4. Wake by Anna Hope has stayed in my mind ever since I read it nearly a year ago. This tale of the run up to the Internment of the Unknown Soldier was beyond poignant. The best book about WWI that I have read although Andrew Cowan’s Worthless Men comes a close second.

Wake

3. Having missed the TV series Broadchurch , I jumped at the chance to read the book of the series especially as it was written by one of my favourite authors, Erin Kelly. I loved the story so much I had to watch the TV series to compare and will now be glued to the second series next Monday.

Broadchurch

2. In February I read a book about a fictional stalker, The Book of You by Claire Kendal brilliantly portrays the mind of a stalker and captures the powerlessness of his victim, not only that but the storyline has a parallel to an ongoing court case.

The Book of You

1. The most popular review of the year goes to an author whose books I’ve been championing for a while but this one surpassed all my expectations. Sleep Tight by Rachel Abbott is a brilliant psychological thriller, even better I believe you can get a copy for a mere 99p at the moment.

Sleep Tight

So those are the reviews you’ve enjoyed – coming soon my favourite books that were published in 2014.
I’d like to thank all those authors and publishers who’ve given me a fantastic selection of books, the readers and commenters on this little blog and those who connect with my reviews via twitter, you have all made my world brighter in 2014.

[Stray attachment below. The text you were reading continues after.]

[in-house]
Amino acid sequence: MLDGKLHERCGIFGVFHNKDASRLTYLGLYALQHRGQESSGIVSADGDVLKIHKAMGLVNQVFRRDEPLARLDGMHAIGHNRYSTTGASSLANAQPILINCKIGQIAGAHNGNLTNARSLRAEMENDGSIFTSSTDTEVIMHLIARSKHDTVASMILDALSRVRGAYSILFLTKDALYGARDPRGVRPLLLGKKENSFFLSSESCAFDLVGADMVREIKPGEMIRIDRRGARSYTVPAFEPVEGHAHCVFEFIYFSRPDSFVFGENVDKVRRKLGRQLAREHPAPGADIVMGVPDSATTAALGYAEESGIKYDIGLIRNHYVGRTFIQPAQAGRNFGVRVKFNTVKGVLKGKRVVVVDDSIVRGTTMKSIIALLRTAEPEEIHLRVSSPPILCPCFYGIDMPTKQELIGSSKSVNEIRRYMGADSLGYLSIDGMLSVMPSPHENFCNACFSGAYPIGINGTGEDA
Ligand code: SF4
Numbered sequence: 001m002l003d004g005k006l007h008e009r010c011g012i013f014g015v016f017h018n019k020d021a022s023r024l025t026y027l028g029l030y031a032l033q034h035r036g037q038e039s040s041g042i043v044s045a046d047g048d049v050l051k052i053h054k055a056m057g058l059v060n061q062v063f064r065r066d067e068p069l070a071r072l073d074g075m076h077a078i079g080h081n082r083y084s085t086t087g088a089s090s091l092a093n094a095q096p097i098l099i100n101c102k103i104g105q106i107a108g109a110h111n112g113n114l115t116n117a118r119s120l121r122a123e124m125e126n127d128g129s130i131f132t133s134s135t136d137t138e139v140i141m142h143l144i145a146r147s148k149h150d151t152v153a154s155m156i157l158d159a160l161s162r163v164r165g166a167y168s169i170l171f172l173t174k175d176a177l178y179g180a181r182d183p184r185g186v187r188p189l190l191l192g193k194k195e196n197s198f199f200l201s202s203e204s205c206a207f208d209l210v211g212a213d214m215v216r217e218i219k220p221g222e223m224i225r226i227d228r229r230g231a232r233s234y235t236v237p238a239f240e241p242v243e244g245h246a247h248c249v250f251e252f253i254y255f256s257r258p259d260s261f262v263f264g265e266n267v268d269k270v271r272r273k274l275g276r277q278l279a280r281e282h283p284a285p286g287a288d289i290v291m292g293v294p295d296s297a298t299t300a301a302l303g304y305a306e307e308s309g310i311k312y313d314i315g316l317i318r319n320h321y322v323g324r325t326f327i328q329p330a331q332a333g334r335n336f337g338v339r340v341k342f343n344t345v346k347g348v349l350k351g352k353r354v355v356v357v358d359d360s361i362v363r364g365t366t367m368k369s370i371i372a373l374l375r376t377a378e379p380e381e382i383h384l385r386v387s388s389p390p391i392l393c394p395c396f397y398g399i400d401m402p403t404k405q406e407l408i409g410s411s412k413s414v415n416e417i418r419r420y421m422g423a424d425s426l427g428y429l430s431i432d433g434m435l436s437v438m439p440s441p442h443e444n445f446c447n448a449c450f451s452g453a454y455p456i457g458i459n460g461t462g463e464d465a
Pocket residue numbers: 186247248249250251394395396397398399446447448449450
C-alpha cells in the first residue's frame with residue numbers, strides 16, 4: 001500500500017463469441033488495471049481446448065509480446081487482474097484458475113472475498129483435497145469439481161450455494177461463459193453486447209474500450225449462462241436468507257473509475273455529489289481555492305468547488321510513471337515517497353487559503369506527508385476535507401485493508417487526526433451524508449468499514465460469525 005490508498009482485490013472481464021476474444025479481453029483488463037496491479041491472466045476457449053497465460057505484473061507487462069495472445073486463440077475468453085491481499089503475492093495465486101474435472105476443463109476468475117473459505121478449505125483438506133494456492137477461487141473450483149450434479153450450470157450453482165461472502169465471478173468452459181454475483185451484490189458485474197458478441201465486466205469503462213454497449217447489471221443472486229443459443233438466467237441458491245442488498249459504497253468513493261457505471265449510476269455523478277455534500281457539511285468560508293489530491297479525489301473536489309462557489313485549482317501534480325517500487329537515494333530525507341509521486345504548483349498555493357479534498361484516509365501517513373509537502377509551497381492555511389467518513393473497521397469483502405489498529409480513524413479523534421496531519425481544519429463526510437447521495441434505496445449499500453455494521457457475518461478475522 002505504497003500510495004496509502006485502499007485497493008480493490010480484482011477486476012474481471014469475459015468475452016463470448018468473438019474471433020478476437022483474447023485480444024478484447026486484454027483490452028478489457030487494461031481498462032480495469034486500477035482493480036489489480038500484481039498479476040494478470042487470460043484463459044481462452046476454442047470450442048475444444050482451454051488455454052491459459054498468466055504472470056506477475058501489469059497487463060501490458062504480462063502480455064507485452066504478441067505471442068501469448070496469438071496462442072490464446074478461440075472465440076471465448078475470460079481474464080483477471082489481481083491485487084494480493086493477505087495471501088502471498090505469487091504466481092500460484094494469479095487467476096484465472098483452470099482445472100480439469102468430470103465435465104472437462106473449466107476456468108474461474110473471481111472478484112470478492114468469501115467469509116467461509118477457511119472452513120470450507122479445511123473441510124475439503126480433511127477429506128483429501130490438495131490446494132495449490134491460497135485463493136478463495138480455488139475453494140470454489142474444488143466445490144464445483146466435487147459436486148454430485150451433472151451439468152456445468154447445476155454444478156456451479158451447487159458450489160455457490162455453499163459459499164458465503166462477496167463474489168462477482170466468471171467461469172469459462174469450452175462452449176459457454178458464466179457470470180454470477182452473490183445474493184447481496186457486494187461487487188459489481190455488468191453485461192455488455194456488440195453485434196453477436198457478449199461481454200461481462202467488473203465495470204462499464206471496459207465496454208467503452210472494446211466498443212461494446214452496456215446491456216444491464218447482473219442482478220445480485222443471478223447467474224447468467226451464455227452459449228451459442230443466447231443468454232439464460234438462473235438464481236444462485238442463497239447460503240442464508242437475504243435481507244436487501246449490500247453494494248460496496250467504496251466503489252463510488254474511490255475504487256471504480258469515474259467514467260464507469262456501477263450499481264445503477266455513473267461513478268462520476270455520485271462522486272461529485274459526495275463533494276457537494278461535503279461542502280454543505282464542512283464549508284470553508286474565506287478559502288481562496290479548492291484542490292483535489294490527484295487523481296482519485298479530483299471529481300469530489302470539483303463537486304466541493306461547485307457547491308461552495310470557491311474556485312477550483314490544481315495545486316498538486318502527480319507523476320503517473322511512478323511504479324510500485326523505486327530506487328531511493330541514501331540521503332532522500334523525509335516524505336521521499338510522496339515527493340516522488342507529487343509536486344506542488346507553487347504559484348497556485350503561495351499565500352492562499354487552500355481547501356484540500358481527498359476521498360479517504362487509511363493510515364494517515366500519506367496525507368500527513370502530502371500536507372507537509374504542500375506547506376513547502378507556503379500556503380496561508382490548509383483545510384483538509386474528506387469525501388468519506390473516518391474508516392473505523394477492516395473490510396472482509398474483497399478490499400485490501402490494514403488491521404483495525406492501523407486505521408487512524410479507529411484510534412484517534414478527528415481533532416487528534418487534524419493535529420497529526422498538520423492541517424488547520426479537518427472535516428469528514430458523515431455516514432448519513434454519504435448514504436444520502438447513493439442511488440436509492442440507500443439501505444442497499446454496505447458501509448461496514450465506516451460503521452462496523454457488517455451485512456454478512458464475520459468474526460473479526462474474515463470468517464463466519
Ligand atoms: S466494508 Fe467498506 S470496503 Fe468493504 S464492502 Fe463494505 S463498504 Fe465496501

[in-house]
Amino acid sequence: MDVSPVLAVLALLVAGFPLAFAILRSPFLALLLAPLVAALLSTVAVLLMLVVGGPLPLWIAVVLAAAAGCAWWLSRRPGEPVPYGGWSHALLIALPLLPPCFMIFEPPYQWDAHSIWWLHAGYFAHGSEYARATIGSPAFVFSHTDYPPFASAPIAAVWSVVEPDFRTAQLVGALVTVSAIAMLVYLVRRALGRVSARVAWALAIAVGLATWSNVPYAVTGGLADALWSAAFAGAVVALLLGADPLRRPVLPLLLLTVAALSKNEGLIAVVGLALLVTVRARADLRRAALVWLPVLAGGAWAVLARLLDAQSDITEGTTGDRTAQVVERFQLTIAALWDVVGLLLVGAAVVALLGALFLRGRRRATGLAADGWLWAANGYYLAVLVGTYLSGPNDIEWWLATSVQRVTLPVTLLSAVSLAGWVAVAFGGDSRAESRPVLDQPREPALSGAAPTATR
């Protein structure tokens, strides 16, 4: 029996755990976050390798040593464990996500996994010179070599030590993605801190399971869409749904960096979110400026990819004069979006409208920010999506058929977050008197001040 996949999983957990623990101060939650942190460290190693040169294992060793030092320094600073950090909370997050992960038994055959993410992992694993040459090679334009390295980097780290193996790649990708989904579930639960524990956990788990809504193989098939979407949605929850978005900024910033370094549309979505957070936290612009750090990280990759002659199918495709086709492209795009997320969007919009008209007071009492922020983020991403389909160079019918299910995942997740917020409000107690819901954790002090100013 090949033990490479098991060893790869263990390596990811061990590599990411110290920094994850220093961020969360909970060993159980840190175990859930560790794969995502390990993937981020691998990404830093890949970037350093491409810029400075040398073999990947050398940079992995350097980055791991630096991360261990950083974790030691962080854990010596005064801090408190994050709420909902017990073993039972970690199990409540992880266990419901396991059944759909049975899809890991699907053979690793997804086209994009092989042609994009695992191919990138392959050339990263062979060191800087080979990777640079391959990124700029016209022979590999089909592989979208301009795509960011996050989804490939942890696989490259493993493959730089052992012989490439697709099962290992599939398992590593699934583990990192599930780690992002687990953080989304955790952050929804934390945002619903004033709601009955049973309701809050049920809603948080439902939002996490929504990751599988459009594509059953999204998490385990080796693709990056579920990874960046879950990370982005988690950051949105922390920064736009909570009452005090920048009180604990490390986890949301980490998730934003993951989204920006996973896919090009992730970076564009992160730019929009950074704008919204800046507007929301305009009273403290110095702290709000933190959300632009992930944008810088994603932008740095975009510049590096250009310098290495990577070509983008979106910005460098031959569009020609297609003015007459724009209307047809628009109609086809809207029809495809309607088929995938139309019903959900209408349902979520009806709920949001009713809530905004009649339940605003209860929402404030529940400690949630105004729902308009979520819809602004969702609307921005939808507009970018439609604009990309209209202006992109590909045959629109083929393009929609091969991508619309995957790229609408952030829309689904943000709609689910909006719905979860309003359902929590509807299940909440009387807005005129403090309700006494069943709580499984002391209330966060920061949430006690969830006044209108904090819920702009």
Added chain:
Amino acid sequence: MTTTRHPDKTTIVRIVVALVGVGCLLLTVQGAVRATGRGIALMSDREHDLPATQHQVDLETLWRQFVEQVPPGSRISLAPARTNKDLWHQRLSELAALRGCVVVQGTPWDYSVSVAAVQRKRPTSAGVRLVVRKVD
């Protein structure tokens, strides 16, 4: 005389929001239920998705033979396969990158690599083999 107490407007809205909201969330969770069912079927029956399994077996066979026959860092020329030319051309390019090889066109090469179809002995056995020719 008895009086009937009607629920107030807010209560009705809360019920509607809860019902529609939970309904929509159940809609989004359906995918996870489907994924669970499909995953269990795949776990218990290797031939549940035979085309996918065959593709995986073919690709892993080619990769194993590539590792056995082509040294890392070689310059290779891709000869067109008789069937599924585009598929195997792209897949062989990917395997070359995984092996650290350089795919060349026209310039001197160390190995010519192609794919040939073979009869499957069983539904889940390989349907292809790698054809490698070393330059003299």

Happy reading everyone and here’s to Happy a New Year full of new books!

Posted in Weekly Posts

WWW Wednesday (August 13)

WWW Wednesday green

Hosted by Miz B at Should be Reading
To play along, just answer the following three (3) questions…
• What are you currently reading?
• What did you recently finish reading?
• What do you think you’ll read next?

I am currently reading The Winter Foundlings by Kate Rhodes the third in the Alice Quentin series, I read the second one A Killing of Angels .

The Winter Foundlings

Blurb

The girl was lying on the steps of the Foundling Museum, dressed all in white.
Four girls have disappeared in North London. Three are already dead.
Britain’s most prolific child killer, Louis Kinsella, has been locked up in Northwood high-security hospital for over a decade. Now more innocents are being slaughtered, and they all have a connection to his earlier crimes.
Psychologist Alice Quentin is doing research at Northwood. She was hoping for a break from her hectic London life, but she’ll do anything to help save a child – even if it means forming a relationship with a charismatic, ruthless murderer.
But Kinsella is slow to give away his secrets, and time is running out for the latest kidnap victim, who is simply trying to survive… Amazon

I have just finished a book written (in part) by my favourite author Erin Kelly. Broachurch was based on a British hit TV series written by Chris Chibnall.
Click on the book cover to read my review

Broadchurch

Next I am going to read Your Beautiful Lies by Louise Douglas which has a beautiful cover and it’s set at the time of the strikes of the 1980’s which I remember well.
Your Beautiful Lies

Blurb